In this article I review some results obtained during my PhD work in the group of Professor Messina, at the University of Palermo. I discuss some proposals aimed at exploring fundamental issues of quantum theory, e.g. entanglement and quantum superpositions, in the context of single trapped ions. This physical context turns out to be extremely well suited both for studying fundamental features of quantum mechanics, such as the quantum–classical border, and for technological applications such as quantum logic gates and quantum registers. I focus on some procedures for engineering nonclassical states of the vibrational motion of the centre of mass of the ion. I consider both the case in which the ion interacts with classical laser beams and the case of interaction with a quantized mode of light. In particular, I discuss the generation of Schrödinger cat-like states, Bell states and Greenberger–Horn–Zeilinger states. The schemes for generating nonclassical states stem from two different quantum processes: the parity effect and the quantum state manipulation via quantum non-demolition measurement. Finally, I consider a microscopic theory of the interaction of a quantum harmonic oscillator (the centre of mass of the ion in the trapped ion context) with a bosonic thermal environment. Using an exact approach to the dynamics, I discuss a quantum theory of heating of trapped ions able to describe both the short time non-Markovian regime and the thermalization process. I conclude showing briefly how the trapped ion systems can be used as simulators of key models of open quantum systems such as the Caldeira–Leggett model.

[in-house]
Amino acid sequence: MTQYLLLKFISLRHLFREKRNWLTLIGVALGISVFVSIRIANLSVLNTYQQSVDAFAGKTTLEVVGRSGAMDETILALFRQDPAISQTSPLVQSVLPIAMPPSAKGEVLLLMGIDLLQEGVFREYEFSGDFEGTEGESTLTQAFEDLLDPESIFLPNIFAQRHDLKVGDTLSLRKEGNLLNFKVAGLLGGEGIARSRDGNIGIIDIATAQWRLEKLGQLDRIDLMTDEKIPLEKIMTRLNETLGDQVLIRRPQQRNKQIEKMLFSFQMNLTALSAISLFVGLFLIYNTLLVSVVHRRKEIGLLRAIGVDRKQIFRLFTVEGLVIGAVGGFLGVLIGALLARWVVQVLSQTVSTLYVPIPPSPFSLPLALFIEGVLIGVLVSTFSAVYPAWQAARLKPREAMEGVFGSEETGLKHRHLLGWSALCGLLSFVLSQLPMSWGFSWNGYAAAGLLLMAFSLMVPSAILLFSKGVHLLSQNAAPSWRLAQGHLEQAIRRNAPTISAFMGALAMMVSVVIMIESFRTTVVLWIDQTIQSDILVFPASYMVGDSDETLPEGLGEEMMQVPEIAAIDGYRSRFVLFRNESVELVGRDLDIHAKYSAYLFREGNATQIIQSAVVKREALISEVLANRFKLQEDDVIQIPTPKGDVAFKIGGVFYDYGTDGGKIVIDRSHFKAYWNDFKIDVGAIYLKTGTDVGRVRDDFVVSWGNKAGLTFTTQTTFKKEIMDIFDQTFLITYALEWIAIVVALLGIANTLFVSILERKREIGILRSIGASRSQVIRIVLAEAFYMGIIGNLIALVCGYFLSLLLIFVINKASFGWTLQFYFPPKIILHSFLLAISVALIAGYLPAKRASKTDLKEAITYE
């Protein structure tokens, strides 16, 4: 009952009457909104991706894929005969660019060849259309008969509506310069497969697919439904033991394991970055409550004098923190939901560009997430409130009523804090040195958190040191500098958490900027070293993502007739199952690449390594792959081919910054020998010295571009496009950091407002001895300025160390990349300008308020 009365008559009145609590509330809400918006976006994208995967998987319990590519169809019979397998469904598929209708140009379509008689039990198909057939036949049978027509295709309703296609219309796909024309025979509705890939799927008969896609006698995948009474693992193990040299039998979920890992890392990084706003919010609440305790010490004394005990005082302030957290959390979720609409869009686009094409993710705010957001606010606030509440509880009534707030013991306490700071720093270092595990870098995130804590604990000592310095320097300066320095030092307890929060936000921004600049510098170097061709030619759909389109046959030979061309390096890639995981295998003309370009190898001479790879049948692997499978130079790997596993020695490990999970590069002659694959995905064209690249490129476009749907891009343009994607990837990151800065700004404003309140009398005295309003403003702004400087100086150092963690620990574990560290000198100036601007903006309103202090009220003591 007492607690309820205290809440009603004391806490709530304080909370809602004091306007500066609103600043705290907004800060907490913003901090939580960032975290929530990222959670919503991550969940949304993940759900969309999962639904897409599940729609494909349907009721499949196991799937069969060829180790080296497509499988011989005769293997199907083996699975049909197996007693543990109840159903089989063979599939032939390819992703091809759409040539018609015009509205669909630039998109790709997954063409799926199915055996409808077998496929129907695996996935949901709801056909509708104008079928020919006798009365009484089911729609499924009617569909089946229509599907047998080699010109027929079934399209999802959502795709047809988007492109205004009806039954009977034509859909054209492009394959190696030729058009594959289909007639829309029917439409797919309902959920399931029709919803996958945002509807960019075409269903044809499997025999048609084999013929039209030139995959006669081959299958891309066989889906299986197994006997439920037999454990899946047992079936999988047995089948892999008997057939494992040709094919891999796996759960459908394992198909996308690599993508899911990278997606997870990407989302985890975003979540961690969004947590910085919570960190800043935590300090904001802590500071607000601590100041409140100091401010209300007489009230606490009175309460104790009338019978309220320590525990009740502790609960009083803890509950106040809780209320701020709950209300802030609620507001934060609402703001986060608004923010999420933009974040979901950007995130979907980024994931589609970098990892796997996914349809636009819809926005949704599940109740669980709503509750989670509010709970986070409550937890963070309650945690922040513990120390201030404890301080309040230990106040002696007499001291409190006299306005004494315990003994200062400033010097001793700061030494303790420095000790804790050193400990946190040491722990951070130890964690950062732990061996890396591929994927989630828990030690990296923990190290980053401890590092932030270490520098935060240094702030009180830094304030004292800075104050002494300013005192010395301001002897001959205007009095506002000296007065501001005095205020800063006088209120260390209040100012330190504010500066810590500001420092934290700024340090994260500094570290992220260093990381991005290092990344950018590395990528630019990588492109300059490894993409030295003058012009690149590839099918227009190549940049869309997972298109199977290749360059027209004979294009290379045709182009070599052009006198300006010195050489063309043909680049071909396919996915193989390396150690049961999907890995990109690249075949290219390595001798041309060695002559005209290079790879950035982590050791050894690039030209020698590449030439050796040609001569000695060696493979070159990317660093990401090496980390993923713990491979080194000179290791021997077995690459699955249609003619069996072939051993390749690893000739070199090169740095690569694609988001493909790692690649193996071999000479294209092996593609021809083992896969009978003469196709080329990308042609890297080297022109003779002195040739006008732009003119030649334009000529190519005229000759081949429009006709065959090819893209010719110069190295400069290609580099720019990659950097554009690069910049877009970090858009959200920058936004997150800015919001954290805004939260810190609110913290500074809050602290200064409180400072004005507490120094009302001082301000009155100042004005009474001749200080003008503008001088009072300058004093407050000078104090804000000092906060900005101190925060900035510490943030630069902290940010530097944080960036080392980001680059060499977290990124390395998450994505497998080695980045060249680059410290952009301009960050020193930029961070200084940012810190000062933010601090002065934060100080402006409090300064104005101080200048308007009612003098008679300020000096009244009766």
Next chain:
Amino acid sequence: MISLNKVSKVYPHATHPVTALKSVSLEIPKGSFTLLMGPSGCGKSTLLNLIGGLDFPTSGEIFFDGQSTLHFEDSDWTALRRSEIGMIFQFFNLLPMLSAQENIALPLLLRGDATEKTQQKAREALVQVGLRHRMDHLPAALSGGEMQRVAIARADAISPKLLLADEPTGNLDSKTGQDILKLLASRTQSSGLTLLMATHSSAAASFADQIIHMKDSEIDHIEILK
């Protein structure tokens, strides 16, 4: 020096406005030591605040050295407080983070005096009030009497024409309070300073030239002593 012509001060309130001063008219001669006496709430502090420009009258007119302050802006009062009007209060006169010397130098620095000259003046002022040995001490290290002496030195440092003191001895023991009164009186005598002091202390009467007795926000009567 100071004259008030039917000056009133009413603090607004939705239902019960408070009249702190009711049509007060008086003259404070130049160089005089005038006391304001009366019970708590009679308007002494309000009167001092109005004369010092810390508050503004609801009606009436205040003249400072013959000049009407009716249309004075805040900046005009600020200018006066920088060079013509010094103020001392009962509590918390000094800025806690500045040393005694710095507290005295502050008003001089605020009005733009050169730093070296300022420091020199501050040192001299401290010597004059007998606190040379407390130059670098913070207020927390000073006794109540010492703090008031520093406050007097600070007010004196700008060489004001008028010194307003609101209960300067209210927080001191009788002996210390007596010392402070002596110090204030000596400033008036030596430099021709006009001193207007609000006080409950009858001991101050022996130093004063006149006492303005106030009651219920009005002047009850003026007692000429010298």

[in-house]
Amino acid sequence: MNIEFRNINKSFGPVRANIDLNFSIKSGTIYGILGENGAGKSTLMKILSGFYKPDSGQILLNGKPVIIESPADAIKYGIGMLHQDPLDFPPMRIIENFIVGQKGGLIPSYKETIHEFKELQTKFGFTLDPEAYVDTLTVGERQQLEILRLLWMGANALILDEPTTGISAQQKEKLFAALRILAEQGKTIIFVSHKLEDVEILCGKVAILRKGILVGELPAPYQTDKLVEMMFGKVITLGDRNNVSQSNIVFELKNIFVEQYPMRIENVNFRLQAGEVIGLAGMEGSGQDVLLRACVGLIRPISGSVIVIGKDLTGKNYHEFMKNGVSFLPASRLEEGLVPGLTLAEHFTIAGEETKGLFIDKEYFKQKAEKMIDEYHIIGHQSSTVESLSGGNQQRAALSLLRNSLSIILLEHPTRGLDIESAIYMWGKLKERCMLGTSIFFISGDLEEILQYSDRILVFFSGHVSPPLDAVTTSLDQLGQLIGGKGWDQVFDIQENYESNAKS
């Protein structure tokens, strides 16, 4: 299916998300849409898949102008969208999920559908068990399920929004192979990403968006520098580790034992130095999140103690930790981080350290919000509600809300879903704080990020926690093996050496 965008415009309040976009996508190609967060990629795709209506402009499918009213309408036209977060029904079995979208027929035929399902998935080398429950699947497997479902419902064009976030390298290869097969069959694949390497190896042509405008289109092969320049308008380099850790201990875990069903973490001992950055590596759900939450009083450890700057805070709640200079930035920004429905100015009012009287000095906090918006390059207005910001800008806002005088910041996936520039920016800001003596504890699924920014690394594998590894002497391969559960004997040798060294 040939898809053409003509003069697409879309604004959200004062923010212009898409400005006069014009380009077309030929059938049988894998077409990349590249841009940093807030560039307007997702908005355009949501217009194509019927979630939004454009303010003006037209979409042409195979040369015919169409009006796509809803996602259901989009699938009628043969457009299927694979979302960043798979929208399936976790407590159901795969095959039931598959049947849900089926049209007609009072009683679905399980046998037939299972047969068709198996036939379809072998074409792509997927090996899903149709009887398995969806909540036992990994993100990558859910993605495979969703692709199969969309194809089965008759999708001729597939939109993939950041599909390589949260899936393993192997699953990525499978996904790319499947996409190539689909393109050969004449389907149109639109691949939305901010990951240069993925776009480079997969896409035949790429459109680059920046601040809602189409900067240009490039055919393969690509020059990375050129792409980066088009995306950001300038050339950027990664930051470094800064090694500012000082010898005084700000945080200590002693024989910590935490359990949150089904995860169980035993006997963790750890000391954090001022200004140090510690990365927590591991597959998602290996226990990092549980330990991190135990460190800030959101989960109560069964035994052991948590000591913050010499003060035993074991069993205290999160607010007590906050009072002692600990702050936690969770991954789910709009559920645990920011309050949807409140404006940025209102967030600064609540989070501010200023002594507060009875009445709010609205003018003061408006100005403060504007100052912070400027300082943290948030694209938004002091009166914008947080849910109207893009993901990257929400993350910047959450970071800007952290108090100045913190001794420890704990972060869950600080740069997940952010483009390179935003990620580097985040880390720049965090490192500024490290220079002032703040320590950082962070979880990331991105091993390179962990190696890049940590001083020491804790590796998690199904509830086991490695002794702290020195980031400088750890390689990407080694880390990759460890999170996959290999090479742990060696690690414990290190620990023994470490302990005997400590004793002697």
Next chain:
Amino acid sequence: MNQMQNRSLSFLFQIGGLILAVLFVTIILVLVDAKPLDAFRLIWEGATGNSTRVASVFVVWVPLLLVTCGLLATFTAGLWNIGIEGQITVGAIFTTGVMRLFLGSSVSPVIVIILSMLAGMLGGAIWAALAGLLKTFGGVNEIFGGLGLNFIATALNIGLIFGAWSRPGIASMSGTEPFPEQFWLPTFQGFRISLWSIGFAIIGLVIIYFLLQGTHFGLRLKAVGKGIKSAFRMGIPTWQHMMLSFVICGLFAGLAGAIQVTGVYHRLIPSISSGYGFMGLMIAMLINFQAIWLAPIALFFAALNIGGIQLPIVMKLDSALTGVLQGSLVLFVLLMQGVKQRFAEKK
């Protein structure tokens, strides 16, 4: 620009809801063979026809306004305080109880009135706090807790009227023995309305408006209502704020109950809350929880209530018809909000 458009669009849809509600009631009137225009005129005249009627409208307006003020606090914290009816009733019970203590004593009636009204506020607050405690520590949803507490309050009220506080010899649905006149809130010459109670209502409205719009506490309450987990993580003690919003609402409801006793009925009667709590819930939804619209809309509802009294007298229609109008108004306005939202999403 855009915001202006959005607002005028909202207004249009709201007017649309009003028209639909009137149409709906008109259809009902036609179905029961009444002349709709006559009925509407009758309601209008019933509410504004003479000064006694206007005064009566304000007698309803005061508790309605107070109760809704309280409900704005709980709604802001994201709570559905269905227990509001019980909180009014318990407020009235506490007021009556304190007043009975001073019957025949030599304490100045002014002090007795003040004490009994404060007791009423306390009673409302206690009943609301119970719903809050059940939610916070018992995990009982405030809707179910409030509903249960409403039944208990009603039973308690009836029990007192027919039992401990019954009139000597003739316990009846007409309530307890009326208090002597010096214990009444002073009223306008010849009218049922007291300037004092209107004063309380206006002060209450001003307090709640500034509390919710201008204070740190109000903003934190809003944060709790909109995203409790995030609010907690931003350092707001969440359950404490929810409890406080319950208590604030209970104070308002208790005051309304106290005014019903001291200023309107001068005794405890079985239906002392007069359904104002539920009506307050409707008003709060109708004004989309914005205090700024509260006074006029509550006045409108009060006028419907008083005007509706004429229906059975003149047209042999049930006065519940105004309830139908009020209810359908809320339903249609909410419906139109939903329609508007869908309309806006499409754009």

|Journal||Journal of Optics B: Quantum and Semiclassical Optics|
|Publication status||Published - Jan 2005|